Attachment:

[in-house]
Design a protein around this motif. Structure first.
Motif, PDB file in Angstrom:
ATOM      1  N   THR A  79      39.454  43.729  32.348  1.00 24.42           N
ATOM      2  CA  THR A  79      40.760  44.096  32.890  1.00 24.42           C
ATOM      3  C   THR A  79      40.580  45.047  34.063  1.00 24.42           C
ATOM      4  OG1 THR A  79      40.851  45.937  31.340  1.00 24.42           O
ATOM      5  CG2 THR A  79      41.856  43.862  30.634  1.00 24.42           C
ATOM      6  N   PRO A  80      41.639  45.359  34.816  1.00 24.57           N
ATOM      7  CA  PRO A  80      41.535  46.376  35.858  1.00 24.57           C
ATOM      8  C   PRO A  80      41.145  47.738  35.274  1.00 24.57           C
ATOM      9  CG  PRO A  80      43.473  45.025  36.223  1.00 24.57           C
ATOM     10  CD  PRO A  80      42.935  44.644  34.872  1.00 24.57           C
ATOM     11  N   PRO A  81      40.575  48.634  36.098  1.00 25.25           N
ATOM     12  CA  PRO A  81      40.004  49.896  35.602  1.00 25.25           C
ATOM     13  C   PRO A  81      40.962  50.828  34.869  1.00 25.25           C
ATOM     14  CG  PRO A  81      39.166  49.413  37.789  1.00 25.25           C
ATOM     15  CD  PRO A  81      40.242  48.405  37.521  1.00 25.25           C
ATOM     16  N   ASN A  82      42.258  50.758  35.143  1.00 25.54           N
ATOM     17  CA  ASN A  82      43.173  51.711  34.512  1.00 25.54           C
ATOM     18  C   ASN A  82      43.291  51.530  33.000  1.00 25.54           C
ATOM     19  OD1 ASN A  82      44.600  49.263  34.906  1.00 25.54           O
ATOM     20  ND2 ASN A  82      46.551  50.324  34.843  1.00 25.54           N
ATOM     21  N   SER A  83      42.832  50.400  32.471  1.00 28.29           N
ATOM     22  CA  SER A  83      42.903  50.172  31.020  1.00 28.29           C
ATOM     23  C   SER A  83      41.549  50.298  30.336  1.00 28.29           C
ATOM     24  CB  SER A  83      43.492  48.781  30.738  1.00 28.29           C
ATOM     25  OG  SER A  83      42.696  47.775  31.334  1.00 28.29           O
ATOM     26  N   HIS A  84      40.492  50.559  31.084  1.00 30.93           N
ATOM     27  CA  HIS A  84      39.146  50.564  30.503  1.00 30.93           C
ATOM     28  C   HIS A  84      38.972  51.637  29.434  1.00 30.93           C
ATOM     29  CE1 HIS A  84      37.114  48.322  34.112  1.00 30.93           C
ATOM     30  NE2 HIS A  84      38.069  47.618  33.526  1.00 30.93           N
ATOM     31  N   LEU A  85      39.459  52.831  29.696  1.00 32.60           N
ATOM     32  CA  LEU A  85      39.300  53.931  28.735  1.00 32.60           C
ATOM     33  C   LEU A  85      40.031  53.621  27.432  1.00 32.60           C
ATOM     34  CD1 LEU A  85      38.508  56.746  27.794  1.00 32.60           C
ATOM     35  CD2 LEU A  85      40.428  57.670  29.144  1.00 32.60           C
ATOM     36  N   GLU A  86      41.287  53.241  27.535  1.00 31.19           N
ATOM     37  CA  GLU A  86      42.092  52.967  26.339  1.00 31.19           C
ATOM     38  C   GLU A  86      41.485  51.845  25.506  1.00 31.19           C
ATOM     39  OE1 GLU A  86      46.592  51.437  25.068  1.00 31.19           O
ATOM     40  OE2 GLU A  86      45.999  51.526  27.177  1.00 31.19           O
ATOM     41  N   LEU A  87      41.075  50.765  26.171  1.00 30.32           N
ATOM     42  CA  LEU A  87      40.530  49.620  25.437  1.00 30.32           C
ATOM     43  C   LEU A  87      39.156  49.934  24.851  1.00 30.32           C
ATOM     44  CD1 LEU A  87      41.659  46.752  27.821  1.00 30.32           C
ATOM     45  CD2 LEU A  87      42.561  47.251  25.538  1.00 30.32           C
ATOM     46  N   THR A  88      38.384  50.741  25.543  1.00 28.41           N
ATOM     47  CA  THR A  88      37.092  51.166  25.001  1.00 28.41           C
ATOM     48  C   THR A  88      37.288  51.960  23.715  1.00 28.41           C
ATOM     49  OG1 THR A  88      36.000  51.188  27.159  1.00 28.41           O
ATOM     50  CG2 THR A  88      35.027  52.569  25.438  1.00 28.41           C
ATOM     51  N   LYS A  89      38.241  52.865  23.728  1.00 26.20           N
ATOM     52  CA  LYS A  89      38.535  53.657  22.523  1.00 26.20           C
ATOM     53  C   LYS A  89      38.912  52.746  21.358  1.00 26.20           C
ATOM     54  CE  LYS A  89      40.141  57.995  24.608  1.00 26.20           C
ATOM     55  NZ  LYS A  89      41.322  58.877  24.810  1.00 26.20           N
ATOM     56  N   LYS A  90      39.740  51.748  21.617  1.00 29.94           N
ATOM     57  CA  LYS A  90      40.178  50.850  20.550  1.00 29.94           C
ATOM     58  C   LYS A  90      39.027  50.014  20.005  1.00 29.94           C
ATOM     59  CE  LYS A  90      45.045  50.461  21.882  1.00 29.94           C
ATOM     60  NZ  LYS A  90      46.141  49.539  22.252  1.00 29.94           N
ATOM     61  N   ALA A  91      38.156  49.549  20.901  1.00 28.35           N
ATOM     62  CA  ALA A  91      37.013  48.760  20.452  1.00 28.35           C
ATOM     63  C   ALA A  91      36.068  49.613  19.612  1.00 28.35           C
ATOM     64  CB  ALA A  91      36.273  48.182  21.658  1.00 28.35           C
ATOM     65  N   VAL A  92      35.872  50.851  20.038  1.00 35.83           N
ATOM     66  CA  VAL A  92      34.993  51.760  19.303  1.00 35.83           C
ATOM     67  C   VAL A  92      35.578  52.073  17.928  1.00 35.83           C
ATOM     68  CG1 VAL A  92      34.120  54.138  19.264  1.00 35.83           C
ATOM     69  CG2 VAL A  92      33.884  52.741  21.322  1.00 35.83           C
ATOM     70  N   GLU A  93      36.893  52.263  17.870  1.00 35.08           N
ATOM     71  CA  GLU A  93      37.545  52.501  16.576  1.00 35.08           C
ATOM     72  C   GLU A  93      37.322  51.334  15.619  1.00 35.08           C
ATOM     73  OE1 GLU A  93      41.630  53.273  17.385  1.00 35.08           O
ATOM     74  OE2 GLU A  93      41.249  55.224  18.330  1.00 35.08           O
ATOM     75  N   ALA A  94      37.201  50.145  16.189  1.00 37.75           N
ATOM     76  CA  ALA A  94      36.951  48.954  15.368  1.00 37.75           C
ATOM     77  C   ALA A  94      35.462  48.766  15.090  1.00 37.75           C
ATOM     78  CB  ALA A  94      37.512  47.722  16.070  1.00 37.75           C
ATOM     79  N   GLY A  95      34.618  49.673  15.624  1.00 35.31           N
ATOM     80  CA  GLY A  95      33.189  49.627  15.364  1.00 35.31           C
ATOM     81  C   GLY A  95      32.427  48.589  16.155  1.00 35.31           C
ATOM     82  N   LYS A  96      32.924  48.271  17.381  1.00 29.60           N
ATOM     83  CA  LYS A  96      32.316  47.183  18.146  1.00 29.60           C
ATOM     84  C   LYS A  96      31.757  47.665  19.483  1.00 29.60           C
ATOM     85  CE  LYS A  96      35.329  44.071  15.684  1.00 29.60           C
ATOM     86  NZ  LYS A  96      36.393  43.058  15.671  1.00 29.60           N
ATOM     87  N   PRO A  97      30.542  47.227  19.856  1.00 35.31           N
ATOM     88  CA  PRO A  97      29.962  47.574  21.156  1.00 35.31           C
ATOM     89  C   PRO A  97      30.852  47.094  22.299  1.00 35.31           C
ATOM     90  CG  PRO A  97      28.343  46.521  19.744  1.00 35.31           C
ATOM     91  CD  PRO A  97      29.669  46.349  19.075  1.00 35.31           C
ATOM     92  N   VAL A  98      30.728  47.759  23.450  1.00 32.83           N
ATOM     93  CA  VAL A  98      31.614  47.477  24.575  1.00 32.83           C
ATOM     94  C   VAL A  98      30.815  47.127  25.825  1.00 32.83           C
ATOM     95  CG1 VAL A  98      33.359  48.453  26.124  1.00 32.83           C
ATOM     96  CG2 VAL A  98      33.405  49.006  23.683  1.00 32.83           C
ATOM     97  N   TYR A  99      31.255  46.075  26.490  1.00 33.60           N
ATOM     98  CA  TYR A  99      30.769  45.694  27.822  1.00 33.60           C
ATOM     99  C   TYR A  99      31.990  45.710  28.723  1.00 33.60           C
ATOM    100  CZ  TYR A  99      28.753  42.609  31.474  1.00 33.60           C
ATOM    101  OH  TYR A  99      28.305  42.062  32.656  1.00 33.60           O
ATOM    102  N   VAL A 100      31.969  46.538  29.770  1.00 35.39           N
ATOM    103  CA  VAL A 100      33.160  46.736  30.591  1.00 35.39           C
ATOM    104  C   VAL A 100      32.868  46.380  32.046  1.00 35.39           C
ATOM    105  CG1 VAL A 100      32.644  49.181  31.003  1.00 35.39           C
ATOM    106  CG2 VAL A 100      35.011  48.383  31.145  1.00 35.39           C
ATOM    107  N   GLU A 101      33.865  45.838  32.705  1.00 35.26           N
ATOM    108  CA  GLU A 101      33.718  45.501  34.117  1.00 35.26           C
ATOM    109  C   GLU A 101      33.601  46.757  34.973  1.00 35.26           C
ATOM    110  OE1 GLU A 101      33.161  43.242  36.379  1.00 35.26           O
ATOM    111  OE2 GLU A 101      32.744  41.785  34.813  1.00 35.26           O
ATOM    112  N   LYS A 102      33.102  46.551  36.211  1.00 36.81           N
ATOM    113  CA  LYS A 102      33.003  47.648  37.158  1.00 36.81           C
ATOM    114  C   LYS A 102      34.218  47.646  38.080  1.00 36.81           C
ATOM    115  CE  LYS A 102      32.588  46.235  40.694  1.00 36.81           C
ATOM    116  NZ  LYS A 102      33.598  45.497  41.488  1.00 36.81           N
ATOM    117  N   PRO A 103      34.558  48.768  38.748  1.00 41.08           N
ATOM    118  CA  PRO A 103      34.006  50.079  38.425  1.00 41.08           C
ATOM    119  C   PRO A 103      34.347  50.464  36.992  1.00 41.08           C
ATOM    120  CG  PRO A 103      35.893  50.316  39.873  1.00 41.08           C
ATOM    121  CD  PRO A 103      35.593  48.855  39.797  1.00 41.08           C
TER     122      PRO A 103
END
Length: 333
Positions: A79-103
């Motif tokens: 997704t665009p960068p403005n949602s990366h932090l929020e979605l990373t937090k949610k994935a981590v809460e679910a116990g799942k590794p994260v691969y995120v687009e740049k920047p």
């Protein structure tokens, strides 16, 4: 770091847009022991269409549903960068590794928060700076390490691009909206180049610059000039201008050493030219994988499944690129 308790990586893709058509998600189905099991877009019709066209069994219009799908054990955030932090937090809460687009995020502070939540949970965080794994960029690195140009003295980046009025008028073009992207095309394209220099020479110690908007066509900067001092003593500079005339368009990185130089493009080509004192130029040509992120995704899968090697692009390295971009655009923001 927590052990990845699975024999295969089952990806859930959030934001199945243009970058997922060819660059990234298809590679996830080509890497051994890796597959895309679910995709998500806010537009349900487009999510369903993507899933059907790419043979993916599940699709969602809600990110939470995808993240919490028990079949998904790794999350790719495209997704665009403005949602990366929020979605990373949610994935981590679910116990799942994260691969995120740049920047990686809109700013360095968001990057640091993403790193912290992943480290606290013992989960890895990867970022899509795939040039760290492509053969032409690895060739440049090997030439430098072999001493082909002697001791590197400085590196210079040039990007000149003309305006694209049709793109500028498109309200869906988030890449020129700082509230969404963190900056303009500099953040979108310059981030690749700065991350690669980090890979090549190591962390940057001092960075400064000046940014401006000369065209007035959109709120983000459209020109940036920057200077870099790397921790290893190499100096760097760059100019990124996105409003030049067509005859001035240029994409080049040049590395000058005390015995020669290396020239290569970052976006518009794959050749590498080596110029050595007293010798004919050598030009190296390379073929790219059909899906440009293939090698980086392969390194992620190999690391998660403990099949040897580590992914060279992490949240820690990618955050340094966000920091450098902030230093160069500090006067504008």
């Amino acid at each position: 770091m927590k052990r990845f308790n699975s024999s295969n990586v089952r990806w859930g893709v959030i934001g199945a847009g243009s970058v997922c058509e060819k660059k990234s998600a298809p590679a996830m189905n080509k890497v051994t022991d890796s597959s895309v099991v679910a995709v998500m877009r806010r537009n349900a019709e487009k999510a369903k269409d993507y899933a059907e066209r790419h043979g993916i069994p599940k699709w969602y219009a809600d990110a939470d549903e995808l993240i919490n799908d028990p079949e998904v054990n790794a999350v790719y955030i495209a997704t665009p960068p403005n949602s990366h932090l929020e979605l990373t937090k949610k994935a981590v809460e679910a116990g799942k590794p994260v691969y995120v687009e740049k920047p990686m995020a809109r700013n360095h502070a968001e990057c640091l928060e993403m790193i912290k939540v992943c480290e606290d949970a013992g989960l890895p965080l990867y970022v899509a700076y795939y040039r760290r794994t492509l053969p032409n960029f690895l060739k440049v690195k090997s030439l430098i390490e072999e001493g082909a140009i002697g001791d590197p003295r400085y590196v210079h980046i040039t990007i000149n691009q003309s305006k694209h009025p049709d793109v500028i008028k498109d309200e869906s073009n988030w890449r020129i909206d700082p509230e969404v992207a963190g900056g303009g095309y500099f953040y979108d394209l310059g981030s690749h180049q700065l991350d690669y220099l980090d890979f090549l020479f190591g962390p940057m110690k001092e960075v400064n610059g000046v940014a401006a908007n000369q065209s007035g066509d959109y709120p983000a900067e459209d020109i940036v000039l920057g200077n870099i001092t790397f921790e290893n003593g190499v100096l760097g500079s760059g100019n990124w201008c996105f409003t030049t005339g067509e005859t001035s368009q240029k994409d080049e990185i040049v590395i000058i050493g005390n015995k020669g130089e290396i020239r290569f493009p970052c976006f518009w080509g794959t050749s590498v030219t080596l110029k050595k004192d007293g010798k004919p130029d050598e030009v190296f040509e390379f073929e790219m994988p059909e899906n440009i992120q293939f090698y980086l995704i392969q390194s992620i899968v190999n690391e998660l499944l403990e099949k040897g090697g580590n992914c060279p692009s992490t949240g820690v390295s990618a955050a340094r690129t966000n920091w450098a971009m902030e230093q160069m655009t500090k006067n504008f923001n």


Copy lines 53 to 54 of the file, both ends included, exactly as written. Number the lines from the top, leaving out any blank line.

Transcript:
ATOM     50  CG2 THR A  88      35.027  52.569  25.438  1.00 28.41           C
ATOM     51  N   LYS A  89      38.241  52.865  23.728  1.00 26.20           N